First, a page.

The only remaining non-military alternative is to oust Kim Jong Un from power through a regime change. Although the Chinese government might have the desire to do that—Beijing has little sympathy for Kim Jong Un because he cleansed his regime of its China sympathizers after coming to power five years ago—they will not increase sanctions any further because they support the existence of North Korea as an independent state.
This is because if the North’s economy were to collapse, millions of South Koreans would migrate north, creating a unified Korea, filling the power vacuum created by North Korea’s demise.
Since China will not use harsher sanctions to bring down North Korea, the U.S. could step in and attempt to end both the Kim regime and North Korea itself by causing an economic collapse.
In order to achieve that outcome, the U.S. would need to cut off all North Korean access to U.S. dollars by convincing the Chinese banks and all the other companies doing business with the North to cease all economic activity.
Any attempt to take down North Korea’s economy by the U.S. will fail however, because China’s banks won’t participate in the boycott of North Korean businesses because the Chinese government doesn’t want the North Korean economy to collapse.
The only remaining option is to take out North Korea’s nuclear capability through the use of military force.
For the U.S. to use this option, they must provide South Korea with a strong enough missile defense shield to protect them from North Korean missile strikes when the North retaliates.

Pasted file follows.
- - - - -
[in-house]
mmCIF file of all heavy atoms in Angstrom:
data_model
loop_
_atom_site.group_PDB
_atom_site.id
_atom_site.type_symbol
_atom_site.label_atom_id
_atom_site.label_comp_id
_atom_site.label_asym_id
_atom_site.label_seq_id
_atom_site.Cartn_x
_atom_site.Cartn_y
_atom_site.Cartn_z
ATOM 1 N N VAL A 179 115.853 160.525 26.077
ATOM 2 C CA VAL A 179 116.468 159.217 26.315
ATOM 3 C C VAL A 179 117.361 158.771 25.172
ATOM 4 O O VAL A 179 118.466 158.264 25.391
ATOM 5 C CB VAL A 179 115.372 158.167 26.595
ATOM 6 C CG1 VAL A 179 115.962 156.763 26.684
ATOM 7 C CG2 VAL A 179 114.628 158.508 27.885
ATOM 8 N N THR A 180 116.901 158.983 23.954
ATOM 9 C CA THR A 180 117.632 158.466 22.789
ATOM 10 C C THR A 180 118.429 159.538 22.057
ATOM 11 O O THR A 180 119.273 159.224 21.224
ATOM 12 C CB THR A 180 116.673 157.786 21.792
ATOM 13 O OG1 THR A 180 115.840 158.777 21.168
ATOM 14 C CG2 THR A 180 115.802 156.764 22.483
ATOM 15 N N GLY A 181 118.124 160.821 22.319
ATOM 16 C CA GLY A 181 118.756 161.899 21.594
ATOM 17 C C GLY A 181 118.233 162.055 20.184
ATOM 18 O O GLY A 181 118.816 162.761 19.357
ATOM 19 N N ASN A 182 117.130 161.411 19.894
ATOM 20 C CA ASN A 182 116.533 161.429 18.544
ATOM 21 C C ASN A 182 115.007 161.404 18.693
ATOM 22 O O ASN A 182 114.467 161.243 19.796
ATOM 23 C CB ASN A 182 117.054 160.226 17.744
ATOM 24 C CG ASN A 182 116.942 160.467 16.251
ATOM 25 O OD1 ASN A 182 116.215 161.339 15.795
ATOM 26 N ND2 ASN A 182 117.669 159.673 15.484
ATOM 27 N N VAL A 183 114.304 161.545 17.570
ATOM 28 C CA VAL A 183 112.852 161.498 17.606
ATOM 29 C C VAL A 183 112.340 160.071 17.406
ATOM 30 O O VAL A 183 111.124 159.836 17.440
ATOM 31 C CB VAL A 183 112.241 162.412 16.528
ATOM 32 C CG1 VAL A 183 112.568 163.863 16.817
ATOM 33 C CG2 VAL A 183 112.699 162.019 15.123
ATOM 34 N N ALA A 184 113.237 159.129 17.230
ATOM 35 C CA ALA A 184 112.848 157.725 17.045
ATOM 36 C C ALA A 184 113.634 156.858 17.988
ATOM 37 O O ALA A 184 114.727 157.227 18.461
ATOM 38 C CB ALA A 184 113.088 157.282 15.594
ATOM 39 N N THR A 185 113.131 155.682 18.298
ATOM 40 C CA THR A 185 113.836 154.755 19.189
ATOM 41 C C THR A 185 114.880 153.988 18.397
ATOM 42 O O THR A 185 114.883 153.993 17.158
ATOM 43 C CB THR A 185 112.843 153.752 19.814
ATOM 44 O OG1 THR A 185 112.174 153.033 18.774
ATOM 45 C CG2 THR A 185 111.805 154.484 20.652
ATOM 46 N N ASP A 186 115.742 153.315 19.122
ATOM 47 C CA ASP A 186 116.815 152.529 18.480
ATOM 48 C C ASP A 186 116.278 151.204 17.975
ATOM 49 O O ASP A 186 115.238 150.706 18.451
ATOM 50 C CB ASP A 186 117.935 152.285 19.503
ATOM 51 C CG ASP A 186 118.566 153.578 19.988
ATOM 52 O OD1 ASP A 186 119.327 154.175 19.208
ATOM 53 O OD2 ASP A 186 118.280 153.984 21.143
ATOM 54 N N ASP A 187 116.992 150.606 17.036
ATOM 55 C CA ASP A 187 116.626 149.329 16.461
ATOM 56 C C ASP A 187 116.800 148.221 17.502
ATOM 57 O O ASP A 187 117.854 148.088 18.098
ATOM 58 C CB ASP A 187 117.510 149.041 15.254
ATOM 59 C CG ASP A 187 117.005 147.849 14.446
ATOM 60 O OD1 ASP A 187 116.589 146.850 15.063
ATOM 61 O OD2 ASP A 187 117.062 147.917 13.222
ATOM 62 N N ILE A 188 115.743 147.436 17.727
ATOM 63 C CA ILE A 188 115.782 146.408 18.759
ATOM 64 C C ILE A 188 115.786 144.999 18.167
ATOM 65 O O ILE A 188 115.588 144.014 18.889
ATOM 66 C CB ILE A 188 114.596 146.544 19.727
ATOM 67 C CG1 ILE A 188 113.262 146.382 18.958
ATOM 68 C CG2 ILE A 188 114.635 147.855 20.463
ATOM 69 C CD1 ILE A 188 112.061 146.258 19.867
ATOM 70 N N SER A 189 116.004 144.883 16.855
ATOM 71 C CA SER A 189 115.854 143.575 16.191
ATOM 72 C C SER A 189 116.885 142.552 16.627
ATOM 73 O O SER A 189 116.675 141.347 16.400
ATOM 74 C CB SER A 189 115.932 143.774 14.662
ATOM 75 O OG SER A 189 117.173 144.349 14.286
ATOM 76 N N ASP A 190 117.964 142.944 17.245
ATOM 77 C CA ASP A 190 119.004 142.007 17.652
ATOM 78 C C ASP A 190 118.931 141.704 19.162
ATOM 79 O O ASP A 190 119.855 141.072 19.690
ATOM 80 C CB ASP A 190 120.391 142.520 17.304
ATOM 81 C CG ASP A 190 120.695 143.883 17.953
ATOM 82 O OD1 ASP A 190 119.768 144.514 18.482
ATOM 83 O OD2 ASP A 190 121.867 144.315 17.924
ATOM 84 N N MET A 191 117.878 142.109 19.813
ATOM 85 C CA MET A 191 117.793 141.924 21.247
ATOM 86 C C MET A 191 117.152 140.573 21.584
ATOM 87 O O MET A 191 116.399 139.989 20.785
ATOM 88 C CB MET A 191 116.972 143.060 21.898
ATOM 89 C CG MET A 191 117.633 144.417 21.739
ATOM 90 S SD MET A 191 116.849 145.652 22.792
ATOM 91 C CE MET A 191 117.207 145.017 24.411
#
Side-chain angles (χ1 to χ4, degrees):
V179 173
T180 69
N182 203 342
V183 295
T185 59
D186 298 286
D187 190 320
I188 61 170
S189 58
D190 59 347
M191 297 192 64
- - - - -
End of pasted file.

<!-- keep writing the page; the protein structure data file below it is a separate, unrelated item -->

South Korea currently has a missile strike system that detects signs of an impending nuclear missile launch and preemptively launches cruise missiles at North Korea’s nuclear weapons and missile bases.
The South’s missile defense system is not perfect however, because it cannot take down submarine-launched ballistic missiles. The North proved in 2016 that they have that capability.
In order to strengthen South Korea’s missile defenses, the U.S. government has deployed their military’s anti-ballistic missile system, named Terminal High Altitude Area Defense (THAAD). South Korea’s defense ministry has claimed that it is close to operational.
Because Kim Jong Un has vowed to strike the continental United States with a nuclear weapon, when U.S. intelligence agencies and the Pentagon determine that Kim Jong Un is close to acquiring a nuclear ICBM, the Trump administration will be forced to use the military option and eliminate North Korea’s nuclear capability.
In response, Kim Jong Un would deploy his huge army, march on Seoul and kill as many South Koreans as possible using conventional weapons.
“North Korea could potentially cause massive damage to Seoul and its surrounding areas” in a conflict, Dr. Bruce Bennett, a senior defense researcher at the RAND Corporation, previously told the DCNF.
“If North Korea restrains itself and only employs conventional weapons in an assault on South Korea, it is unlikely to overwhelm South Korea’s defenses. But if it uses weapons of mass destruction and other asymmetric approaches, the North may be able to overcome South Korean defenses—there are always large uncertainties in any war.”
The prospect of an eventual North Korean nuclear retaliation against South Korea might have been the reason behind President Trump’s suggestion last year to provide nuclear weapons to the South and to Japan.